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Monster Energy Faces Calls For Boycott in Wake of Sexual Misconduct Lawsuits

#MeToo enters the beverage world

Monster/Facebook

In somewhat unsurprising news, the world of energy drinks enters the #MeToo era. A new report from HuffPost accuses management at Monster Energy of harassment, sexual misconduct, and wrongful termination. Senior executives bullied women out of jobs or fired them when they spoke up or complained about misconduct, five lawsuits allege.

The beverage and lifestyle brand, which is partially owned by Coca-Cola, is also known for sponsoring and co-producing extreme sports competitions and music events around the world.

The allegations suggest the company has no problem employing men with a record of abusive behavior, including Brent Hamilton, the current head of music marketing, who is awaiting trial for allegedly strangling his girlfriend during a business trip in 2016. Evidence shows he bit her, drawing blood, and “pulled her hair so hard that clumps were yanked out.” Then there’s the story of VP John Kenneally who called a female employee a “bitch” and “whore” in an effort to force her out of the company, according to one suit.

Like similar exposés in the worlds of hospitality and entertainment, the allegations suggest a systemic problem of discrimination against women in a hostile work environment that rewarded “bad boy” behavior and talk. Even human resources was a part of the problem, HuffPost reports. The women say that while their careers were “derailed... egregious behavior by mainly male executives went without consequence.”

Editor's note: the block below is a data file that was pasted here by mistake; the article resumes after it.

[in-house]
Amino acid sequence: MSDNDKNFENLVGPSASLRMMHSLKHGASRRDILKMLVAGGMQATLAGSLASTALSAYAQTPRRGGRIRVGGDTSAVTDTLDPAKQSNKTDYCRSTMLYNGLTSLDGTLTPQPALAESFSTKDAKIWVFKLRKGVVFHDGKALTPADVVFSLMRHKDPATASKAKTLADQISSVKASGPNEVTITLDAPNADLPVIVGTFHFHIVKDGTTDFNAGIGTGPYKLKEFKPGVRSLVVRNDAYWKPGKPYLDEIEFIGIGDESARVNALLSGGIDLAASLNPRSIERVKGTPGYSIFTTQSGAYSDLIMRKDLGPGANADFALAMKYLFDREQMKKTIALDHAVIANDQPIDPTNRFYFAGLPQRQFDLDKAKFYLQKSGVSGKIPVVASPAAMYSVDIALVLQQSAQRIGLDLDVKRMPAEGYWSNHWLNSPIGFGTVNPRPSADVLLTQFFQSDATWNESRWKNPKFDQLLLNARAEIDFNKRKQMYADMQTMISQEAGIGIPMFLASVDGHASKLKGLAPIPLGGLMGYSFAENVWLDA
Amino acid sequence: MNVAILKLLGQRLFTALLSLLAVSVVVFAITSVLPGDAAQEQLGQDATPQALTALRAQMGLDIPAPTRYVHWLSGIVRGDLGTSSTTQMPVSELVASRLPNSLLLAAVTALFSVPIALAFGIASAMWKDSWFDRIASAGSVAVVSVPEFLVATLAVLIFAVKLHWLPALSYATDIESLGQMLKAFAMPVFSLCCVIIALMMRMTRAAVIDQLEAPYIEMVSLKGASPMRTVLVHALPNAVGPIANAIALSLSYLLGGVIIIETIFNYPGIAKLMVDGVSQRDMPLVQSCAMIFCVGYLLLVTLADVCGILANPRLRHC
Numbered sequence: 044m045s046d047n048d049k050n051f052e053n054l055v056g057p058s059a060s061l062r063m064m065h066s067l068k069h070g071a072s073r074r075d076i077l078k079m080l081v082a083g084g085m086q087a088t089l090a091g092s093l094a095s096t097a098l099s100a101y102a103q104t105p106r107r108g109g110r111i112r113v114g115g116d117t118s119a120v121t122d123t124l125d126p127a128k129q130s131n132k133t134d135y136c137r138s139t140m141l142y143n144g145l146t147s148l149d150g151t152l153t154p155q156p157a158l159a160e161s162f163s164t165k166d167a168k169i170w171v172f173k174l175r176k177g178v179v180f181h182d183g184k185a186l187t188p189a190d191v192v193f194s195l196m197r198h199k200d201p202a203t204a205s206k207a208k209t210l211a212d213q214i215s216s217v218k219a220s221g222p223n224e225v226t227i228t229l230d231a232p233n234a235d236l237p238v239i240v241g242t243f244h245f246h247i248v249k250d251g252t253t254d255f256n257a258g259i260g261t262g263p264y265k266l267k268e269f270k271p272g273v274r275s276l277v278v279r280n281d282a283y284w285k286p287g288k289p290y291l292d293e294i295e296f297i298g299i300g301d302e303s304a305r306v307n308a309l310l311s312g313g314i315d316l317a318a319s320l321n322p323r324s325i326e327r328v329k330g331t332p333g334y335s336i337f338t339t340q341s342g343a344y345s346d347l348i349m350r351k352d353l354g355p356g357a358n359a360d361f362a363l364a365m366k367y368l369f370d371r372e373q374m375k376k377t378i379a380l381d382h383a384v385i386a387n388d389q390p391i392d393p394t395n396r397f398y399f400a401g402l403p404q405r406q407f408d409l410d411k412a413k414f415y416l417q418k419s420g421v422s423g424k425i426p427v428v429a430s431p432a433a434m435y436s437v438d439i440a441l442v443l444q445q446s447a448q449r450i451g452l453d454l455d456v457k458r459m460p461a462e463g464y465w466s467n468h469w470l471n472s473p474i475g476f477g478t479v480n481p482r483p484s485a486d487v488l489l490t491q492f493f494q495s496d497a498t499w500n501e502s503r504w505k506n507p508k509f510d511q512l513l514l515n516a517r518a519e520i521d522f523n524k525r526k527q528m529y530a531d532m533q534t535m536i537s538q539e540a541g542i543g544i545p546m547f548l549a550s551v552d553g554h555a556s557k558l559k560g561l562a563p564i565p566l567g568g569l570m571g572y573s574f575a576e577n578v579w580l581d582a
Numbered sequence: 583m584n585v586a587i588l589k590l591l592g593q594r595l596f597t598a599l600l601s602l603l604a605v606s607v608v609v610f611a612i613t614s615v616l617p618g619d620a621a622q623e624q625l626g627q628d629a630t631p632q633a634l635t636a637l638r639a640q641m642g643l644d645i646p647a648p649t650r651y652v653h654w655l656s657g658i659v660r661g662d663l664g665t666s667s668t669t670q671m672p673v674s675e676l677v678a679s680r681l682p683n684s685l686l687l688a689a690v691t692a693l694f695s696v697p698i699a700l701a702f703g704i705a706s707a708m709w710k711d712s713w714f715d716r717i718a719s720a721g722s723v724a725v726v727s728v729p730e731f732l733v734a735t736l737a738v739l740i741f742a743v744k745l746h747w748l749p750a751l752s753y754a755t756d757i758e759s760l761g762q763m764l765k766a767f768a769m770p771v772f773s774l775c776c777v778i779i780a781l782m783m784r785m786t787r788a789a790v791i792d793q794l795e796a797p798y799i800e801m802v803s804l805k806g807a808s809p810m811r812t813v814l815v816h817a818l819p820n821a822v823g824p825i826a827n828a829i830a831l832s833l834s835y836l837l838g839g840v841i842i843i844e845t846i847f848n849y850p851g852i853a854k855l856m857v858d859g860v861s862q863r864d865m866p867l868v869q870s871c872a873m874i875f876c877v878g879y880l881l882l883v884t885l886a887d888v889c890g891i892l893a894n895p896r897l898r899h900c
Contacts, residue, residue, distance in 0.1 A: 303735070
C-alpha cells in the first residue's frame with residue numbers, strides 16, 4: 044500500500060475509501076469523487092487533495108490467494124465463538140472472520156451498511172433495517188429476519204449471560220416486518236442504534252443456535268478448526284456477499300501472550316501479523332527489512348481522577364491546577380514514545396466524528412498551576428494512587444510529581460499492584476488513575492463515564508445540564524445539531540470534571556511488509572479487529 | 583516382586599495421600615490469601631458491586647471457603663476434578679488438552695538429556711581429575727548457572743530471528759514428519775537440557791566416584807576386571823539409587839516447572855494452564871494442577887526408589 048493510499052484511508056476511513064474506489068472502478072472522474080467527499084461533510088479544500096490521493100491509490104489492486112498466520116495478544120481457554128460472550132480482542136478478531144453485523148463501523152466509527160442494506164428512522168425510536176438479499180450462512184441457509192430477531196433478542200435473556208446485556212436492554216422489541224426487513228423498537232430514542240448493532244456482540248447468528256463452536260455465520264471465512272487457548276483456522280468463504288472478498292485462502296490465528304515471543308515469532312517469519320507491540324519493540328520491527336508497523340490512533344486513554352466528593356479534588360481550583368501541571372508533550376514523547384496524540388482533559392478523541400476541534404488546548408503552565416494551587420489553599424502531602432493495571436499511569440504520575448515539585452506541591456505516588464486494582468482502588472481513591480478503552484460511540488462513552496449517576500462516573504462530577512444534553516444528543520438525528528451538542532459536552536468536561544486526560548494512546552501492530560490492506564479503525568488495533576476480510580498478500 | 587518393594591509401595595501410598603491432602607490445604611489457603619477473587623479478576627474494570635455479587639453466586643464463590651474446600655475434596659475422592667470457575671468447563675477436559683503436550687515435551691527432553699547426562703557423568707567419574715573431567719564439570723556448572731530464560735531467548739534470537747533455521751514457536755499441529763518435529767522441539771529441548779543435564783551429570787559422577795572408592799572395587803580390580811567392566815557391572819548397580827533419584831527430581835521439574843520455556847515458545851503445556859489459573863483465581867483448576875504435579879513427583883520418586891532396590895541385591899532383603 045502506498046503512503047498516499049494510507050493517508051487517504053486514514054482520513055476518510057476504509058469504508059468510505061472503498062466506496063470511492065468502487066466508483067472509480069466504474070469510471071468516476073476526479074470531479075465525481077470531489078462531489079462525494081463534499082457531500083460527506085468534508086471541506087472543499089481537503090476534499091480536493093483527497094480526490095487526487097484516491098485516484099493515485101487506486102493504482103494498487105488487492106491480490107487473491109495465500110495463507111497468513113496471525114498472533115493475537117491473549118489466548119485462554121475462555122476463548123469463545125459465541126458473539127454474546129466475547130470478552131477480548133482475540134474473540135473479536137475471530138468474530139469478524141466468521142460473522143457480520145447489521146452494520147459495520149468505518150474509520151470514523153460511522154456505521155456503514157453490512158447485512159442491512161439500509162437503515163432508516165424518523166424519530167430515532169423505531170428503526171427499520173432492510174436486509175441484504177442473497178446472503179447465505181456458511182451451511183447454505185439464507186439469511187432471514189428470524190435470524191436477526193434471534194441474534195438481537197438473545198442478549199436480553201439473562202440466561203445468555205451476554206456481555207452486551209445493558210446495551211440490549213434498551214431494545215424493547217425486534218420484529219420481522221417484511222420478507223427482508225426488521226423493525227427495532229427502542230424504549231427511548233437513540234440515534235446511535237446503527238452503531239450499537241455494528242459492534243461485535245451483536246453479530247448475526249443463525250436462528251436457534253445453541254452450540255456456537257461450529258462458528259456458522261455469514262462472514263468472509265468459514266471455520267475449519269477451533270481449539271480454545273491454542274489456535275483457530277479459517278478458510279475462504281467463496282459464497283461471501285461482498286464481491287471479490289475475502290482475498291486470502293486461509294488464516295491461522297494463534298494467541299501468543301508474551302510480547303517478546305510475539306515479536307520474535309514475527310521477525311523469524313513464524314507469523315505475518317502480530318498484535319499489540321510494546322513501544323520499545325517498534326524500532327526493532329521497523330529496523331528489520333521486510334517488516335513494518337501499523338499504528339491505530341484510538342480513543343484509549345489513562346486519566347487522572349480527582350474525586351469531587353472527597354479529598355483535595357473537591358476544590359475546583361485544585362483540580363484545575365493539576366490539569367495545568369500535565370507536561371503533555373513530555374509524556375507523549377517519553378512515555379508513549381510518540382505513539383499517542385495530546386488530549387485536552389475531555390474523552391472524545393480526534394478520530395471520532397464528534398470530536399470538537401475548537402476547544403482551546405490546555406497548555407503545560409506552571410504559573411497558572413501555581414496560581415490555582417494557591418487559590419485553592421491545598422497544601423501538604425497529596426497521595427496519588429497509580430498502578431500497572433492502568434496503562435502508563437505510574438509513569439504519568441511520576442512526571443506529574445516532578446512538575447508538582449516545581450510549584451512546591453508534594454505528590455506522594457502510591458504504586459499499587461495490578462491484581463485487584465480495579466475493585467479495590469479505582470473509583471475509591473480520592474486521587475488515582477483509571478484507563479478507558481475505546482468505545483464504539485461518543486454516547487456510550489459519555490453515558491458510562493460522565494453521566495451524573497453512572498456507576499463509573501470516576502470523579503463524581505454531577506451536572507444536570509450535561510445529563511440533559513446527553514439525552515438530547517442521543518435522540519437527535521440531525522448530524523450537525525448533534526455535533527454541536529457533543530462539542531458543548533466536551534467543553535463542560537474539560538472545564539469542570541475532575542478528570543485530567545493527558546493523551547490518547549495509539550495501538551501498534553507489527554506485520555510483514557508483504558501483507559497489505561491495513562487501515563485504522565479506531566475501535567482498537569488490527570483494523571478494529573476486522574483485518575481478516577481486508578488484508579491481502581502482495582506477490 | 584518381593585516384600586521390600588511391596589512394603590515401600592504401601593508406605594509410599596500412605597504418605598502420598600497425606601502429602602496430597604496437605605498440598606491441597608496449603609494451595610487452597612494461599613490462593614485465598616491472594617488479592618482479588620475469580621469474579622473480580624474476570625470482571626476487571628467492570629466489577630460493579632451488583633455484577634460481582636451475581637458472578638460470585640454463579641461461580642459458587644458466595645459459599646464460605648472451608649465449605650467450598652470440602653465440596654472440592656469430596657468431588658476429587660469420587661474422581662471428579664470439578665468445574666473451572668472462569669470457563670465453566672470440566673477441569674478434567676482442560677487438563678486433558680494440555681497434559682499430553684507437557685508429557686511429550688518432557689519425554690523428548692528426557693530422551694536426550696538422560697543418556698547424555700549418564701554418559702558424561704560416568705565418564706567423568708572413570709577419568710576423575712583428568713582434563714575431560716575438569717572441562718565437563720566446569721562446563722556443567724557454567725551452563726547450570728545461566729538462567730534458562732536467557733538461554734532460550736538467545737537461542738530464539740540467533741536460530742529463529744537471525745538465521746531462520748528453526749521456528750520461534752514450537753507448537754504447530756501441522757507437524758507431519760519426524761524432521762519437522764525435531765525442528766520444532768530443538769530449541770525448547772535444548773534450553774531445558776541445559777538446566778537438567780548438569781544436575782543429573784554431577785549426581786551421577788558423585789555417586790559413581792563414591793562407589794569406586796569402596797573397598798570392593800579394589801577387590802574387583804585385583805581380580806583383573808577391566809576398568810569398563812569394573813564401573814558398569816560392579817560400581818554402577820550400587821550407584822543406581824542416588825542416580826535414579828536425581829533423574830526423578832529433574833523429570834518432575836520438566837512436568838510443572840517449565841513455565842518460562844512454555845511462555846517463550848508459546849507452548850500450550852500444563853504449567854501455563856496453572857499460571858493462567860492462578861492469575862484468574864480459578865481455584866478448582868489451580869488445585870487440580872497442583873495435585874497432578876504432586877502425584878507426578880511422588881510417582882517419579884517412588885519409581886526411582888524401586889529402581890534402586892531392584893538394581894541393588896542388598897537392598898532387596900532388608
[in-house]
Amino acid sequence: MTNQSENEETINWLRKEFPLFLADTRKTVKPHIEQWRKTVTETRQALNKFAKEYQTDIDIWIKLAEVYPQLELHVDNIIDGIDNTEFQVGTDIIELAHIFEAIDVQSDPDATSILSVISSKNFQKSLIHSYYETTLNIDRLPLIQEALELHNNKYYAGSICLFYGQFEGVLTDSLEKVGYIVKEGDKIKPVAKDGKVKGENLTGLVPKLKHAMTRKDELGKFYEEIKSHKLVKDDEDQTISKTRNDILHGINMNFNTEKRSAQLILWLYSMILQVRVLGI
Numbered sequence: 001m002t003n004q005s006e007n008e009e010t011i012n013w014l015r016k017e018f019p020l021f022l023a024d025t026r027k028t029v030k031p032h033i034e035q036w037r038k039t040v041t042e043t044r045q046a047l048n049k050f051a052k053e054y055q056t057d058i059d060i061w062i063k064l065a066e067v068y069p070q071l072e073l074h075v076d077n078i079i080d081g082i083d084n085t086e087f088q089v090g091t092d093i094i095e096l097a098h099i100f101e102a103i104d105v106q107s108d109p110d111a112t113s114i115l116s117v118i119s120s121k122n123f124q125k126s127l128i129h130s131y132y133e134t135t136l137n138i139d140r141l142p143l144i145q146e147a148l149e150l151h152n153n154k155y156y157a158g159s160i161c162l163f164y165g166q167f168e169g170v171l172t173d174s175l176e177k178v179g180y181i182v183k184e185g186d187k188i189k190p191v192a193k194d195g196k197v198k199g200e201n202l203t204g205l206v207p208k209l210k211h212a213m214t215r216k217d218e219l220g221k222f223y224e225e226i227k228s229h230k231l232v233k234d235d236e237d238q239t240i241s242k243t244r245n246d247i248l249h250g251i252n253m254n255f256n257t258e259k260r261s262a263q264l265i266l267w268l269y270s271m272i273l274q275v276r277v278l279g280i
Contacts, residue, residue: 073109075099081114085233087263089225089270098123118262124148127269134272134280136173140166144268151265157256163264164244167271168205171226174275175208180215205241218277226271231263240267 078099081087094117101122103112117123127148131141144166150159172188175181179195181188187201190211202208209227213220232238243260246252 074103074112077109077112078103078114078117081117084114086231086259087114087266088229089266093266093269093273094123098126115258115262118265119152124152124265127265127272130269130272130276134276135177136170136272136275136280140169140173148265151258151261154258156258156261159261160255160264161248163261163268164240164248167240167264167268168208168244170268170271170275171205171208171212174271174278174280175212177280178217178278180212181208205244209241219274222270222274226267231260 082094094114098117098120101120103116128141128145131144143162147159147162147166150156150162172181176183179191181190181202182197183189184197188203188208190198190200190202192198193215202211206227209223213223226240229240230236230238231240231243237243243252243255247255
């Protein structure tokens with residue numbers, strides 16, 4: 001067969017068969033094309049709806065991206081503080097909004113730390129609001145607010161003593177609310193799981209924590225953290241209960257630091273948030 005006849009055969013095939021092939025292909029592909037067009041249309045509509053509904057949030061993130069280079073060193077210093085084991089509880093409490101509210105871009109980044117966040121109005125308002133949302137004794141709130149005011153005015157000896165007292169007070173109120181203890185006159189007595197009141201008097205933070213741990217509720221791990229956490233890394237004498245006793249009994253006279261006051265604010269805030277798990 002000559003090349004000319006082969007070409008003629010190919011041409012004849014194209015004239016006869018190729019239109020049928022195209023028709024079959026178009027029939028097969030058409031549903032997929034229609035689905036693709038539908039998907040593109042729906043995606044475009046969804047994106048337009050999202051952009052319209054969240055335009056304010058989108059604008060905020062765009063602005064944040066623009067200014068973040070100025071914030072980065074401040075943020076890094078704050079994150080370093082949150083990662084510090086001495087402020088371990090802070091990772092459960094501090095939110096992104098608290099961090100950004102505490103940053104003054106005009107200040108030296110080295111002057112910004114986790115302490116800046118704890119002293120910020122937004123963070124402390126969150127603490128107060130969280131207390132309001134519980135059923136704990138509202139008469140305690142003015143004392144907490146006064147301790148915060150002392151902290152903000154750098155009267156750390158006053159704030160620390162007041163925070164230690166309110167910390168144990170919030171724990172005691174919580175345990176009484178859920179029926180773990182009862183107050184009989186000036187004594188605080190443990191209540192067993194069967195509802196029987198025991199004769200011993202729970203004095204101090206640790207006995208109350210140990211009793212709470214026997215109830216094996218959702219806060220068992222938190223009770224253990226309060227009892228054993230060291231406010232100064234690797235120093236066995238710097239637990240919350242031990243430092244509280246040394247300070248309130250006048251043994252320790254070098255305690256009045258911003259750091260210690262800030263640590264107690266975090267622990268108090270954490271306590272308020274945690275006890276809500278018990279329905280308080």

“It’s a guys club and you have to be able to hang,” a former manager at Monster told HuffPost. “You have to put up with some things.”

Monster’s communications team sent Eater a lengthy statement largely defending its employees. The company believes the lawsuits are “without merit” and “had nothing to do with sex discrimination,” and that the plaintiffs are “disgruntled employees.” It also says an internal investigation is ongoing, and claims “it has zero tolerance” for sexual misconduct.

HuffPost writes that after reporters asked about Kenneally earlier this month he was put on paid leave, but the company denied it was related to the pending investigations.

Like its competitors, Monster’s branding is largely directed at a male audience. Its tagline, “Unleash the beast,” is somewhat more aggressive than its chief competitor’s: “Red Bull gives you wings.” The company still appears to make a drink called Assault; its description includes the line, “We’ll leave politics to the politicians and just keep doing what we do best – make the meanest energy drinks on the planet!”

But like alcoholic beverage companies and other energy drink brands, Monster regularly hires women to dress in skimpy clothing to promote its non-alcoholic drinks at events. Perhaps that’s at least one reason why reactions to HuffPo’s exposé weren’t met with much surprise. Instead, many on social media are now calling for a boycott of Monster drinks.

Exclusive: 5 Women Sue Monster Energy Over Abusive, Discriminatory Culture [HuffPost]

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